Black Spot Disease on Roses


Roses are among the most popular flowering shrubs in landscaping and gardens, and black spot disease is the most common threat to them. The fungus attacks all species and cultivars; tea roses are especially prone to it. While there are some cultivars that display mild resistance, the fungus should be taken seriously. Its presence weakens the plant and can lead to other problems that may ultimately prove fatal.


Initially, the upper surface of the leaves display black round spots about ½ inch in diameter. These spots can grow larger and become irregularly-shaped. The area around the spot becomes yellow and spreads throughout the leaf. Next, the affected leaves drop. Lesions that appear fist purple, then black, can also develop along the canes. As more and more leaves fall, the plant becomes weakened and susceptible to other disease and injury.

Disease Environment

The black spots contain spore-producing bodies. The spores must have access to water, and need temperatures between 65 and 75 degrees F in order to germinate. Temperatures above or below this range will slow or halt the development and spread of the spores. Once a leaf is infected, the spore-producing bodies grow in about two weeks. The spores are transferred by wind movement, splashing water or physical transfer through touch. The spores can live for about one month and will overwinter in fallen leaf debris.


Site selection is an important part of preventing black spot. A well-drained, well-circulated area is ideal. Air flow will dry morning dew or water from irrigation before nightfall. Black spot needs seven hours of moisture to germinate, so keeping rose bushes dry is essential. Water plants only in the morning to help ensure the moisture has been absorbed or evaporated by nightfall.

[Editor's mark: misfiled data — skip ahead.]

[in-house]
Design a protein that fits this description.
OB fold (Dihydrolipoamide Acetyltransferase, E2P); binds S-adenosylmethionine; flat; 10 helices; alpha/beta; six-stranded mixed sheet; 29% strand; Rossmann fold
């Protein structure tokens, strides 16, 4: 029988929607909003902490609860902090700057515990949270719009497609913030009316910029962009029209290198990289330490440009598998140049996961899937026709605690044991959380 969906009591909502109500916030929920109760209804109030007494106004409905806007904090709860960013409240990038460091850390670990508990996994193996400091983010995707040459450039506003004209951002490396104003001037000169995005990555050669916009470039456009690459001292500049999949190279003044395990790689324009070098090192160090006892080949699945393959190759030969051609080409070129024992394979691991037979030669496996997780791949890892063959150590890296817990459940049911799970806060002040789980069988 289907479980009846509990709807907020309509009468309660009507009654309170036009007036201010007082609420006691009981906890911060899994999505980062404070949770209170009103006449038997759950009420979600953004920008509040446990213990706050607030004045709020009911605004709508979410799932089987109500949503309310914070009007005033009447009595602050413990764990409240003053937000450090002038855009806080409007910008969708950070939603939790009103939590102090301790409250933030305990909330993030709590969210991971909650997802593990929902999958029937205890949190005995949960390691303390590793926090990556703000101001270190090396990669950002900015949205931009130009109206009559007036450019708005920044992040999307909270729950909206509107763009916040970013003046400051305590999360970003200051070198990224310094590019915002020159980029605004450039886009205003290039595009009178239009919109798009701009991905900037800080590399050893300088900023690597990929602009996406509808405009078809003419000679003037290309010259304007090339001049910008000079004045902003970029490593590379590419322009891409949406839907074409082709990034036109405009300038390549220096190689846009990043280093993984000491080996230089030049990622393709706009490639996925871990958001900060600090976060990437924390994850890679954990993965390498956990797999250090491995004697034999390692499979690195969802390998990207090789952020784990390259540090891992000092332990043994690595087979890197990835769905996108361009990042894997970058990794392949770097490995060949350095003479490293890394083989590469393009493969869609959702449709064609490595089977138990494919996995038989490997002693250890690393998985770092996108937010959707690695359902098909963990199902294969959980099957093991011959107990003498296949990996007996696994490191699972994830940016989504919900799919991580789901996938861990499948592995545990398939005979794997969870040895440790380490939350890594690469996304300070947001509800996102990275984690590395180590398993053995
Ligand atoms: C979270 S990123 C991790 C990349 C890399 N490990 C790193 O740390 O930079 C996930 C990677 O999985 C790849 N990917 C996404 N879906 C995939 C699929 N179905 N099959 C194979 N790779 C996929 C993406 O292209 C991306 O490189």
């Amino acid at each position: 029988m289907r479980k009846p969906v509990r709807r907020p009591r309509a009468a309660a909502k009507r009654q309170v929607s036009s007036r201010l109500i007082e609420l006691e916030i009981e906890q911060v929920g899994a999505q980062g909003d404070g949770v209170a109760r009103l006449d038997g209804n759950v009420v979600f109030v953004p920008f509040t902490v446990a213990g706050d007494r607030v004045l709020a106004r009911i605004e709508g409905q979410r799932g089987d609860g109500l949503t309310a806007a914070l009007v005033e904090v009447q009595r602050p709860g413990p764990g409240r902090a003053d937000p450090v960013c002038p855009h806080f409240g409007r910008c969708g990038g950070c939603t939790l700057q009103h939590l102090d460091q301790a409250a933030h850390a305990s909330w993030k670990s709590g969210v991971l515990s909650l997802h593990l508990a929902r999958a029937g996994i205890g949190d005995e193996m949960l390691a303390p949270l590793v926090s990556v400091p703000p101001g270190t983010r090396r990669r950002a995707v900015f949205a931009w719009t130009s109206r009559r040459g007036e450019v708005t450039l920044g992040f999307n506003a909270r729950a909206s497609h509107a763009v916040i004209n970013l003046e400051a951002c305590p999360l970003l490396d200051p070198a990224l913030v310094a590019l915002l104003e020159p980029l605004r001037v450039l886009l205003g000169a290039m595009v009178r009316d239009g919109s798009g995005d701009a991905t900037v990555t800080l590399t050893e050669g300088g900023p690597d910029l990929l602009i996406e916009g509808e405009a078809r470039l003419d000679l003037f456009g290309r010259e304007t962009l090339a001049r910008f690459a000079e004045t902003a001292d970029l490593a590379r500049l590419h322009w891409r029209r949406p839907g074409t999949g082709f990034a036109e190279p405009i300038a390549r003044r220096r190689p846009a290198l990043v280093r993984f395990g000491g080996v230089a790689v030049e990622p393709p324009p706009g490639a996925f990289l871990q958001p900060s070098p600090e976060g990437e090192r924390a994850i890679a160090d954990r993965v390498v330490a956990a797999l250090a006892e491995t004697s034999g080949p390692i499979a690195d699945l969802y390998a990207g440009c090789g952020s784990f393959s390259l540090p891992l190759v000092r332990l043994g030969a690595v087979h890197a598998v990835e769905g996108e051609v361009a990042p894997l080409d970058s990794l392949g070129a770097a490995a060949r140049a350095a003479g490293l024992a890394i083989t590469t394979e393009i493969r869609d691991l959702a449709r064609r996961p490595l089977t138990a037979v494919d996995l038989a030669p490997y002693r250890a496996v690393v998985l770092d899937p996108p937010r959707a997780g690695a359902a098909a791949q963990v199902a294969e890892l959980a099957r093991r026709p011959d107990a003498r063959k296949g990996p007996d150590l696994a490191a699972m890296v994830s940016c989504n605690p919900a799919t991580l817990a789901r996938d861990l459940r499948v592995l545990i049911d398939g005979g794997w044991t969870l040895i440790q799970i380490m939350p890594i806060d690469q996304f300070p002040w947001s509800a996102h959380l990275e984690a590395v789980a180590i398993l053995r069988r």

During the dormant period, remove any stems that have died or have lesions, as they may harbor the fungus. As the disease becomes apparent, remove and destroy any infected leaves or canes. Wash pruning tools after each cut to avoid spreading the fungus. Remove fallen leaves from the base of the bush where black spot is present to eliminate an environment where the fungus can overwinter.


Fungicides for black spot are quite effective but labor-intensive. They should be applied at the first appearance of spots and reapplied weekly until weather conditions return to dry and warm. After that, fungicide should be applied after rain to prevent the onset of the disease again. Check that the fungicide you buy is labeled for black spot. Effective fungicides are chlorothalonil and triforine.

Keywords: rose diseases, black spot, rose fungus

About this Author

Theresa Leschmann has been a freelance writer for five years. She has written for local newspapers as well as websites such as Associated Content, Helium, Bukisa and Demand Studios. She also writes movies reviews for and writes a blog, Movie Muse. Leschmann brings her love of home and garden, traveling and movies to her writing.